Kimono Patterns

While a kimono can be made with any beautiful art, certain recurring Kimono Patterns and images have meaning rooted in Japanese tradition.  Many modern patterns are influenced by designs found in western society.


Flowers, varying by the season, are perhaps the most common kimono motif, and the symbolism of flowers in Japan could fill a book. A few common flowers and plants:

  • Chrysanthemum: a symbol of long life and rejuvenation, it became the Japanese nation’s official emblem and the imperial family.
  • Karakusa: a pattern of flowers and their stems curling around the fabric, it symbolizes eternity and family legacy.
  • Sakura: also called the cherry blossom, these flowers bloom and die in about two weeks out of the year. They are a common symbol of spring, but they also represent transient, short-lived beauty.
  • Tsubaki: also called camellia or the tea flower. Like the rose, they come in different colors that symbolize different things: red for love and white for unrequited desire, among others.

More Flower Patterns

  • Matsuba: bunches of pine needles that seem to be falling across the fabric; they are emblematic of steadfastness, perseverance, and the wisdom of old age, just like the enduring pine.
  • Paulownia: called the “princess tree,” they represent divine guidance and femininity.
  • Bamboo: a quick-growing Japanese grass cultivated around the world, symbolizing longevity.
  • Iris: protects from malevolent spirits
  • Bellflower: shows genuine love.
  • Peony: embodies wealth, fortune, and honor.


These Kimono Patterns are based on animals:

  • Crane: a revered creature, said to live for centuries and thrive in the land of gods and immortal. It is a sign of good luck and was once used only for nobles’ clothes.
  • Peacocks: portray love and kindness
  • Plover: a migratory bird representing strength and persistence because they migrate over the water and face strong winds and waves.
  • Tortoise: one of the most long-lived animals on Earth, it, of course, represents longevity and a good life. Japanese myth holds it to live for 10,000 years.
  • Koi: a kind of carp. A traditional legend holds that a koi that can swim upriver enough to reach the dragon’s lair at its origin will become a dragon itself. As a result, koi embody success in life when printed on a kimono.

Geometric Designs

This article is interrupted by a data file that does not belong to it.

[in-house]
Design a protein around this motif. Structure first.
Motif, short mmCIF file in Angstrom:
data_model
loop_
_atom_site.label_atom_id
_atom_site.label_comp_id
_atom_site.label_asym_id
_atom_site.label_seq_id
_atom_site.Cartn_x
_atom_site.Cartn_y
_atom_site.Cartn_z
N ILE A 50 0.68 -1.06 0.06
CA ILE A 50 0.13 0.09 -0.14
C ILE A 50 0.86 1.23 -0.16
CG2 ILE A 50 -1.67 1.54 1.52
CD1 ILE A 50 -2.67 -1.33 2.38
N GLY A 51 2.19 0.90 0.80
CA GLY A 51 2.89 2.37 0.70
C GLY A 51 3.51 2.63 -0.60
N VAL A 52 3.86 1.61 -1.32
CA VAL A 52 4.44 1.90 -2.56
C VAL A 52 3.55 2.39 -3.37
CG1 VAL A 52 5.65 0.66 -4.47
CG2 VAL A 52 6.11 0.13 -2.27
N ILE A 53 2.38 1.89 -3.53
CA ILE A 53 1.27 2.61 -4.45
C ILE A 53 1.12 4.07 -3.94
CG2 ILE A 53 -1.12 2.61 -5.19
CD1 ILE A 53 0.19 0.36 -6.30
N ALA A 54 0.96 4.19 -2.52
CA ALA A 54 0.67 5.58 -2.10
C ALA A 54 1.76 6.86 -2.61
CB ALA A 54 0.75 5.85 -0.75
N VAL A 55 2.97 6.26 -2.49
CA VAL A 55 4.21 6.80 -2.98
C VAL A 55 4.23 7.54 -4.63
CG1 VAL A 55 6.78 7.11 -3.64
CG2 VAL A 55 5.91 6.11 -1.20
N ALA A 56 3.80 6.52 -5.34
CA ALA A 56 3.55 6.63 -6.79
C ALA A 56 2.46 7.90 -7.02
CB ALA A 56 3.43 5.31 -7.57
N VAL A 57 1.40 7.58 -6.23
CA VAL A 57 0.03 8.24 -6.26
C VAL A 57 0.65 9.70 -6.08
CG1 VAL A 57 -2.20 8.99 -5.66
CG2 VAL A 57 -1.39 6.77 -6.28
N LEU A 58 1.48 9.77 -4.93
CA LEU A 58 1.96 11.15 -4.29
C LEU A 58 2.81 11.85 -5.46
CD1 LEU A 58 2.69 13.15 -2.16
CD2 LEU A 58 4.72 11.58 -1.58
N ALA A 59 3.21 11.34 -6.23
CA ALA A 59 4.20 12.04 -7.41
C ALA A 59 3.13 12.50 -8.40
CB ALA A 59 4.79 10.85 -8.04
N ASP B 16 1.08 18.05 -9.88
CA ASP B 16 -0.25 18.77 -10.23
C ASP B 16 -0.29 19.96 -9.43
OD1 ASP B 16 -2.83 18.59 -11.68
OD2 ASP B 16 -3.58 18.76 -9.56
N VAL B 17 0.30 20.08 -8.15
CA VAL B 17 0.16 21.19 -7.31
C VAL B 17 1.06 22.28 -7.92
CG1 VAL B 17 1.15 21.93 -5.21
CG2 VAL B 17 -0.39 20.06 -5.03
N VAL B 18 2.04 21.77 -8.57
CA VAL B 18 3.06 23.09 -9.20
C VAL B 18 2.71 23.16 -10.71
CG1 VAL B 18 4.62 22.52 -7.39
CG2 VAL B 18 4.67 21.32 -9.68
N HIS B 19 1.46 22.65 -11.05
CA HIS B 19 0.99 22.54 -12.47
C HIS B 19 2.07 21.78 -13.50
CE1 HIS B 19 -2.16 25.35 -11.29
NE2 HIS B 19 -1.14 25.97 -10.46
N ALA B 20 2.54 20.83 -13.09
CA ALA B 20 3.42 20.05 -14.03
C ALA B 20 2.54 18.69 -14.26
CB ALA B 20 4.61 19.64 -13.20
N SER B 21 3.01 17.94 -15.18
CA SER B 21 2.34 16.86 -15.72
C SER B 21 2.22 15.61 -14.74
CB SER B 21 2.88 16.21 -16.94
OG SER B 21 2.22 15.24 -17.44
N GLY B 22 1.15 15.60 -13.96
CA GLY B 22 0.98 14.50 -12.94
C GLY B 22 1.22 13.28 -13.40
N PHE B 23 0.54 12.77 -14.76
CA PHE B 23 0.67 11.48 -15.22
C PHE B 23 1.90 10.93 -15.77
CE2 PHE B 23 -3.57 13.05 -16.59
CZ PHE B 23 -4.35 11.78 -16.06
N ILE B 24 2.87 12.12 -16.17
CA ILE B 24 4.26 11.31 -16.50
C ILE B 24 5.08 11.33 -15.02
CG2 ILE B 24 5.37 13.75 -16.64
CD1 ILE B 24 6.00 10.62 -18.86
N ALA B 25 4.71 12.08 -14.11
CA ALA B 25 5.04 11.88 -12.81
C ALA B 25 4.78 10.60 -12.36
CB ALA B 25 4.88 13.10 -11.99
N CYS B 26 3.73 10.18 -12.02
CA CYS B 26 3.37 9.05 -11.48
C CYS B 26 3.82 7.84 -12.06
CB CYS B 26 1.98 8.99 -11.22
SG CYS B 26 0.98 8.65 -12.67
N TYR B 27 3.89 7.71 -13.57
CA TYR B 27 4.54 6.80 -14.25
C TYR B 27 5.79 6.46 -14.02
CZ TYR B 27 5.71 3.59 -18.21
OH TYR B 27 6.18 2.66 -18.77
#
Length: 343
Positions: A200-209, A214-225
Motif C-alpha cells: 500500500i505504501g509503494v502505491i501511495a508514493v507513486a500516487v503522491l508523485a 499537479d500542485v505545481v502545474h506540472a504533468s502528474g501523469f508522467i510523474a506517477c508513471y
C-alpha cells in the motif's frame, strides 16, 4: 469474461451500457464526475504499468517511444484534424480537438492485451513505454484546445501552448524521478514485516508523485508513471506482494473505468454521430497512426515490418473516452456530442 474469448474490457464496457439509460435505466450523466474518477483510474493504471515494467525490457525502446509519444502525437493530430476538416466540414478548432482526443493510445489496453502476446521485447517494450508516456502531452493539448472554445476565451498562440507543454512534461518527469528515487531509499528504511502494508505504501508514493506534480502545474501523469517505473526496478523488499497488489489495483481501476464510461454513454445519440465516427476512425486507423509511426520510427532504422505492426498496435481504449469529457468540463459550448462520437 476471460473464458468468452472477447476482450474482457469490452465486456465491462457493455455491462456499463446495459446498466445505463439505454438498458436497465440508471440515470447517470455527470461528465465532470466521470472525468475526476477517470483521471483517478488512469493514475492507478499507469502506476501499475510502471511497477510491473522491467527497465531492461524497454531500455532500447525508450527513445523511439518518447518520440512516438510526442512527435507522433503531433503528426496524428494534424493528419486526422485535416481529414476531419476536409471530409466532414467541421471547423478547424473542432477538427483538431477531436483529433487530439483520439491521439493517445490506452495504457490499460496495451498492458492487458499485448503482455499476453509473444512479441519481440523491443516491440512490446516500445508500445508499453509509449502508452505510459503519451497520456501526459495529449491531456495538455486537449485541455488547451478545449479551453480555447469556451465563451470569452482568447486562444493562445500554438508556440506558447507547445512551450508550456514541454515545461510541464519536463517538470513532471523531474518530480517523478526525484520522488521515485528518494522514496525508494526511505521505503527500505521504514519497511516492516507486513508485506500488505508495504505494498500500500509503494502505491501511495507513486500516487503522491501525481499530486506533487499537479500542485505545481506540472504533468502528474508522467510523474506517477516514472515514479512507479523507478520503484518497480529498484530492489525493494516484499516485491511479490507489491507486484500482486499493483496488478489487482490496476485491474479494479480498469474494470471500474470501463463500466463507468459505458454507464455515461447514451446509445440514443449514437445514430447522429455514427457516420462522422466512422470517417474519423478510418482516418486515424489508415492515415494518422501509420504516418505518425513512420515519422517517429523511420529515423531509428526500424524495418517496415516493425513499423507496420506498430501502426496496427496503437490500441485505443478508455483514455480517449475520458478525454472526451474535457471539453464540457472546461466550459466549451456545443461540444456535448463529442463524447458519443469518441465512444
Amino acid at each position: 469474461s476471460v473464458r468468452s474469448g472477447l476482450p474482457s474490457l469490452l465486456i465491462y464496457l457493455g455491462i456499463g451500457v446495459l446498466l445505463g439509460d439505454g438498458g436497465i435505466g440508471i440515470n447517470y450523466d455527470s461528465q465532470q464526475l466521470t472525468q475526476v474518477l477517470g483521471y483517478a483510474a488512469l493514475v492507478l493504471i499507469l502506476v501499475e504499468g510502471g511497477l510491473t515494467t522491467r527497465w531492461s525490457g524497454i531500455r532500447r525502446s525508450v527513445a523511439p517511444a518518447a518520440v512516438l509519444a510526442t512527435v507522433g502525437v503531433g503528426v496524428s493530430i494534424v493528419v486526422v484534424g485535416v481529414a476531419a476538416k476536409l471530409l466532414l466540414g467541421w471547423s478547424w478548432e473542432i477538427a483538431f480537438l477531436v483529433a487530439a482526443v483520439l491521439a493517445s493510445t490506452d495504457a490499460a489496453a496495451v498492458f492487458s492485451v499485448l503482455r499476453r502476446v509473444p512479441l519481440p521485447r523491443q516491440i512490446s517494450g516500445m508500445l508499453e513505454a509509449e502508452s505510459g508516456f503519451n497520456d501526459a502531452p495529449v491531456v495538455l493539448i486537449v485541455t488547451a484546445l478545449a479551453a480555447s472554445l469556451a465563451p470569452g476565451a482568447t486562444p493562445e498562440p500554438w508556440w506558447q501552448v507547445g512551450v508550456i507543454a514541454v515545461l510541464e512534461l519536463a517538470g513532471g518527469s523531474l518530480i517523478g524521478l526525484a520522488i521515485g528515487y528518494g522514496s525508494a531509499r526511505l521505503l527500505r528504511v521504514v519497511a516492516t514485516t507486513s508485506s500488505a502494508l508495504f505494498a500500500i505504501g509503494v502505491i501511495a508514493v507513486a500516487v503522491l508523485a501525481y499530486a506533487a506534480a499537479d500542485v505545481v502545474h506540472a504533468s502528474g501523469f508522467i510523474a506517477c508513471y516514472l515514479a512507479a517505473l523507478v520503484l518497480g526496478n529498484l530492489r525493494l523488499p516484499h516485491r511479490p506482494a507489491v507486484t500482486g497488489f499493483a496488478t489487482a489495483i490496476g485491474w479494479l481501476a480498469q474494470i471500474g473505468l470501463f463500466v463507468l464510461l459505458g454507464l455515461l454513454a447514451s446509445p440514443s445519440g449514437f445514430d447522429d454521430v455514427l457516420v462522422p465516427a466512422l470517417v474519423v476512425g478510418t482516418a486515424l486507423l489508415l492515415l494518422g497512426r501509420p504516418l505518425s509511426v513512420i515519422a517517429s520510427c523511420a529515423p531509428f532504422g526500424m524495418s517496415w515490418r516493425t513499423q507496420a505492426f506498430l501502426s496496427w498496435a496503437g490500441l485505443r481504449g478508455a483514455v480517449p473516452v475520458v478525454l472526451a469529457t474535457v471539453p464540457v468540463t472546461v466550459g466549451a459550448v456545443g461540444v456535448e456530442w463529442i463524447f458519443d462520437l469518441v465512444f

A wide variety of geometric designs can also be found on Kimonos. These include:

  • Shippou: a sacred symbol of the seven treasures of Buddhist lore, which are gold, silver, lapis lazuli, agate, seashell, amber, and coral.
  • Seigaiha: overlapping circles representing ripples in water, evoking the flow of life and fortune across time.
  • Hexagons: taken from the shape of plates on a tortoiseshell, representing strength and long life.
  • Waves: a symbol of the sea’s god and strength, commonly used on war banners to associate the army with an unstoppable tide.
  • Shima: chain-like patterns showing the strong bonds in a community.
  • Koushi: a lattice pattern with thick lines to represent power and thin lines to represent elegance.

Other Patterns

Other patterns can also be found on Kimonos. These commonly include:

  • Kumo: clouds or rippling air patterns, showing an upward motion toward the skies and mountains, where the gods reside and watch over Japan.
  • Yagasuri: arrow shapes representing steadfastness and determination — after all, an arrow flies straight to its target with no deviation.
    Sayagata: an interlocking set of manji from Buddhist lore that represents life and strength.
  • Yukiwa: the Japanese idea of what a snowflake looks like, quite different from the one we usually use in the West.
  • Igeta: a square shape representing a well, which symbolizes life and luck.
  • Uroko: interlocking triangles meant to resemble the scales of a dragon or snake. They ward off evil with the essence of the guardian dragon.

Shop our wide selection of Kimono patterns. If you have questions, send us an email!

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